There also is a certain amount of obsessive compulsive disorder that goes into being the kind of perfectionist that works in such a slow medium. I’m not sure if that was built into my psyche or developed later, but having a little OCD never hurt a newspaper copy editor, either.
With the Thanksgiving holiday and school out for a long weekend, there’s been lots of kid TV on around the house. And with all the junk that’s out there, I’ve been reminded of what gems the movies of the Toy Story trilogy are.
Such gems, in fact, that when Toy Story 2 came out, it was cited as one of the few films that represent the “golden ratio” of film – that combination of factors that make for a perfectly balanced screenplay.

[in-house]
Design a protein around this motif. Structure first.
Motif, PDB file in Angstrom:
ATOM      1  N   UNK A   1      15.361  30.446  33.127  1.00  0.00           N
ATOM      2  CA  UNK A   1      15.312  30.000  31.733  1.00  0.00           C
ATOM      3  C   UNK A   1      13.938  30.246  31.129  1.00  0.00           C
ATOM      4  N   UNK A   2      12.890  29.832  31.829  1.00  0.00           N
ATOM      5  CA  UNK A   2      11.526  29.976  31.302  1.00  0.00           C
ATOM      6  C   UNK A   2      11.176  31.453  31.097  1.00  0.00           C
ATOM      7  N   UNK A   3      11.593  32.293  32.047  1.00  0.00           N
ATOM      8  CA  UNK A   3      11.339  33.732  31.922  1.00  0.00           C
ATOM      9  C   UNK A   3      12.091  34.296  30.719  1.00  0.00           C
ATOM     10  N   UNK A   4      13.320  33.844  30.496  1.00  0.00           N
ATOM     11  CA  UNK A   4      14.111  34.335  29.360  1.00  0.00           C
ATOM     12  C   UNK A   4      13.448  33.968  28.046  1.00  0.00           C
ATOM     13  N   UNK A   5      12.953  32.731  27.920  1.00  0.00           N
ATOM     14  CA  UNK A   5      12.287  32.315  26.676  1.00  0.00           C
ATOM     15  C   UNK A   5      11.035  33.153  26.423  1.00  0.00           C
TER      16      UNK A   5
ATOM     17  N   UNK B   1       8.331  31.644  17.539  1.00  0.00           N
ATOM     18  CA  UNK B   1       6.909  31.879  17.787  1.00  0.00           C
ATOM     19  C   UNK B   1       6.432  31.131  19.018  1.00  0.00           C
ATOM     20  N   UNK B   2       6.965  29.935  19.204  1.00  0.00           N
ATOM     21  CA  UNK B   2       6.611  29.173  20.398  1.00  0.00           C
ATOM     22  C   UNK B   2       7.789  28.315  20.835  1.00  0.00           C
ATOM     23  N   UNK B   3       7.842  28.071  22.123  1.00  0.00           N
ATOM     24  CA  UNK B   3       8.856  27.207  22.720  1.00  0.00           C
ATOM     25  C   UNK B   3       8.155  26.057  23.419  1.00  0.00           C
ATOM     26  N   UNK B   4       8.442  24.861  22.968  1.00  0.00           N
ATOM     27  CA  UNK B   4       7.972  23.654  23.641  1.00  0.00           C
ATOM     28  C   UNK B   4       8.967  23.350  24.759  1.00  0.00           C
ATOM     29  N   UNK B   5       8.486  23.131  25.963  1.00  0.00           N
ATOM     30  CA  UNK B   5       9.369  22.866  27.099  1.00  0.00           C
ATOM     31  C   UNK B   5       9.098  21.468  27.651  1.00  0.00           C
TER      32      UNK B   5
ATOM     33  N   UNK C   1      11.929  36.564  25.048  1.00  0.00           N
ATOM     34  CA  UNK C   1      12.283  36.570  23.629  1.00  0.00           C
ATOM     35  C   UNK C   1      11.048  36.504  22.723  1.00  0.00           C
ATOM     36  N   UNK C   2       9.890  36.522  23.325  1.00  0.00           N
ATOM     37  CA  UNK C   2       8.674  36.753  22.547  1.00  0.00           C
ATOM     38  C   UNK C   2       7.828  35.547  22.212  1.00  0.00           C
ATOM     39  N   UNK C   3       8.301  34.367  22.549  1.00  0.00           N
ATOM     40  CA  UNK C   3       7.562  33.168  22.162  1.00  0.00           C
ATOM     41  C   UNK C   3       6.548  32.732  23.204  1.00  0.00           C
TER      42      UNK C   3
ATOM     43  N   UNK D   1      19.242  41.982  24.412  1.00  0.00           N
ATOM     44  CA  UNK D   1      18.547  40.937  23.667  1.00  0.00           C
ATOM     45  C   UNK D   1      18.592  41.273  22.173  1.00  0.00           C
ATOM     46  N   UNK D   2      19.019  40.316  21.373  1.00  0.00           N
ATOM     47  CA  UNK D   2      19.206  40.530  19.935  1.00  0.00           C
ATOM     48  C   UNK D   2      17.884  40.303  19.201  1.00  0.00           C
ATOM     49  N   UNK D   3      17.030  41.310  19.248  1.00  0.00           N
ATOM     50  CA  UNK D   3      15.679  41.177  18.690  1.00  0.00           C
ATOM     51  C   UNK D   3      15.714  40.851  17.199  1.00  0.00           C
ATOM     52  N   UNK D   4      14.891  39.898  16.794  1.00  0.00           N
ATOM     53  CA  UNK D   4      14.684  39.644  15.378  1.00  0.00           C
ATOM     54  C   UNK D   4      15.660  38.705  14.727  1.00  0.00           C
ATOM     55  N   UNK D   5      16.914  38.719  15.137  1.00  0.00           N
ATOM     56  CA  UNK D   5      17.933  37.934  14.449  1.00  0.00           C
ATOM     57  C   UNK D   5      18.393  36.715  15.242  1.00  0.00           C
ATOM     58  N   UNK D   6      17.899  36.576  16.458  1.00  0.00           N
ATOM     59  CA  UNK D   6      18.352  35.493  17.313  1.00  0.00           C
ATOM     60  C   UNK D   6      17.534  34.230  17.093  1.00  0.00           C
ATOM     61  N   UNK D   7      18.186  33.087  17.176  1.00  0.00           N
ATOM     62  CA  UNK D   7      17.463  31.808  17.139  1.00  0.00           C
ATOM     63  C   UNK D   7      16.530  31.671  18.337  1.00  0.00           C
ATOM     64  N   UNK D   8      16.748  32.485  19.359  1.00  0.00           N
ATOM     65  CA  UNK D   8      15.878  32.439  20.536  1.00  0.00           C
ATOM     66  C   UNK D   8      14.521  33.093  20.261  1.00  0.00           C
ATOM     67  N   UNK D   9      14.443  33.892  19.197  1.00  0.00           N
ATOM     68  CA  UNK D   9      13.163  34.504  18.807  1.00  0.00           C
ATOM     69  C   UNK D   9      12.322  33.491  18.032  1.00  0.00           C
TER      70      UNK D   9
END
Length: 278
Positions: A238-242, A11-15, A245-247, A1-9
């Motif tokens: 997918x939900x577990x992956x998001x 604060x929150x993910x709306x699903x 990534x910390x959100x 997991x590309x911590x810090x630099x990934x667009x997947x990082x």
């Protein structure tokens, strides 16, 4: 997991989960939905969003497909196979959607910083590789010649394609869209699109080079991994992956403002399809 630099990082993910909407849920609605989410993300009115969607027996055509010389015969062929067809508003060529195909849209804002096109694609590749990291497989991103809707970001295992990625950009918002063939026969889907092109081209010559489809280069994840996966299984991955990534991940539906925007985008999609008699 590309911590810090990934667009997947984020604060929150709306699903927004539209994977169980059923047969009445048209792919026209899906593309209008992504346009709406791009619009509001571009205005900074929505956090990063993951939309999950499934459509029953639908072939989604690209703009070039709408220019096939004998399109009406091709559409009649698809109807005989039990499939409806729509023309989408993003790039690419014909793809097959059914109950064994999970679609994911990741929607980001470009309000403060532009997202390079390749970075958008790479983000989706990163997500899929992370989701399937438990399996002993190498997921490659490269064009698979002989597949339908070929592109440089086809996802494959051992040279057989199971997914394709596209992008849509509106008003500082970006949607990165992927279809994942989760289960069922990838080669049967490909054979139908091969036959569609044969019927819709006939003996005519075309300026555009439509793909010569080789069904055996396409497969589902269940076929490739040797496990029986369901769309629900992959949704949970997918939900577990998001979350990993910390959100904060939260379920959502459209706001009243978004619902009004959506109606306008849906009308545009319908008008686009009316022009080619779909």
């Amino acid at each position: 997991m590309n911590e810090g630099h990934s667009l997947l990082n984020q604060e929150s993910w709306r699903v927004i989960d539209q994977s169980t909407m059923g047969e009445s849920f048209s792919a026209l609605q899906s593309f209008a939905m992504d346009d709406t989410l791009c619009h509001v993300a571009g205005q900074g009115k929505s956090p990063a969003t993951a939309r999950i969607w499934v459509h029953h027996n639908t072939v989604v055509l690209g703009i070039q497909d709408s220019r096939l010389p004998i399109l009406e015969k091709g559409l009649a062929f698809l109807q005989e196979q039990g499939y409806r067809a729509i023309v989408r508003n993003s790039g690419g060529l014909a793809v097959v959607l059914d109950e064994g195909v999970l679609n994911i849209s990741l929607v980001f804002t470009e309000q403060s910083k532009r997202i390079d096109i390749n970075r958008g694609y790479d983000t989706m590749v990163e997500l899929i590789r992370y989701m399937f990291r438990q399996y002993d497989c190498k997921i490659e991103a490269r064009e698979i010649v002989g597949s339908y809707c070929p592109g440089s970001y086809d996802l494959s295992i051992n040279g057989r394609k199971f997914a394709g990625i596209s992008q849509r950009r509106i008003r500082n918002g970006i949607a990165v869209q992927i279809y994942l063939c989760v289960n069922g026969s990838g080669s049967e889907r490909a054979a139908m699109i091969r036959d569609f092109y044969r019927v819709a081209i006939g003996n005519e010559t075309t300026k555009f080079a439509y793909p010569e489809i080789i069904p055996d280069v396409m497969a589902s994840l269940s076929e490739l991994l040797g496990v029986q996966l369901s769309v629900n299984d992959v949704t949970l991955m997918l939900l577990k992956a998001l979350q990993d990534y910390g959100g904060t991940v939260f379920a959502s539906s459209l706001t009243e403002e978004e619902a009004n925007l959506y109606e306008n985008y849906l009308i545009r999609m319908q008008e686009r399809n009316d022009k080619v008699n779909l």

Another great thing that the Toy Story movies did was free animated film – and specifically Disney-produced and distributed animation – from the bonds of musical featuring princesses and rehashed fairy tale stories. Nothing against musicals – they certainly have their place in the world, and even in genre film.
This happened once before, if you remember, in the 1950s when Walt Disney (the man) got consumed with creating his eponymous theme parks and left the studio animation division to others. It’s funny how you can tell exactly when that happens – it’s when stories based Grimm brothers tales diminish and the number of plot contingent musical numbers decline or are replaced by those that swing rather than soar.
Pretty soon, you could recite in your sleep what each new Disney animated feature would entail – a trite retelling of a tried-and-true childhood story that would be girl-centric without abandoning the Mouse’s ever-present princess fantasy of a happy ending married to a handsome prince. For a while there, Disney just gave up.